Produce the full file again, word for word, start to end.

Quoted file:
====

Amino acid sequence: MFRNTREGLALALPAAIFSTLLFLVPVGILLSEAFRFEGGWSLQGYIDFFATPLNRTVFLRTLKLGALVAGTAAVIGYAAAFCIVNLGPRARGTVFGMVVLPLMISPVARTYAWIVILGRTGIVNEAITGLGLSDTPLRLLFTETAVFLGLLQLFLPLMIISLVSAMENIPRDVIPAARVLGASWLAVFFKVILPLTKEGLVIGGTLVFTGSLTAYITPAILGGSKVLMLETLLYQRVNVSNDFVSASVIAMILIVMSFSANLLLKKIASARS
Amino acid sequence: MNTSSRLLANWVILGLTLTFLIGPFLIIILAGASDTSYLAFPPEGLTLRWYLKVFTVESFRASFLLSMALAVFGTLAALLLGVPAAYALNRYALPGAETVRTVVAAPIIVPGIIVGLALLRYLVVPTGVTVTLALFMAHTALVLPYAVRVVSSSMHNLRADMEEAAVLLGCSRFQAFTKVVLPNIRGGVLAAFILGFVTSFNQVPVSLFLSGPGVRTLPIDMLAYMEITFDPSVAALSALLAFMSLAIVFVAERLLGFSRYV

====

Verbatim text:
Amino acid sequence: MFRNTREGLALALPAAIFSTLLFLVPVGILLSEAFRFEGGWSLQGYIDFFATPLNRTVFLRTLKLGALVAGTAAVIGYAAAFCIVNLGPRARGTVFGMVVLPLMISPVARTYAWIVILGRTGIVNEAITGLGLSDTPLRLLFTETAVFLGLLQLFLPLMIISLVSAMENIPRDVIPAARVLGASWLAVFFKVILPLTKEGLVIGGTLVFTGSLTAYITPAILGGSKVLMLETLLYQRVNVSNDFVSASVIAMILIVMSFSANLLLKKIASARS
Amino acid sequence: MNTSSRLLANWVILGLTLTFLIGPFLIIILAGASDTSYLAFPPEGLTLRWYLKVFTVESFRASFLLSMALAVFGTLAALLLGVPAAYALNRYALPGAETVRTVVAAPIIVPGIIVGLALLRYLVVPTGVTVTLALFMAHTALVLPYAVRVVSSSMHNLRADMEEAAVLLGCSRFQAFTKVVLPNIRGGVLAAFILGFVTSFNQVPVSLFLSGPGVRTLPIDMLAYMEITFDPSVAALSALLAFMSLAIVFVAERLLGFSRYV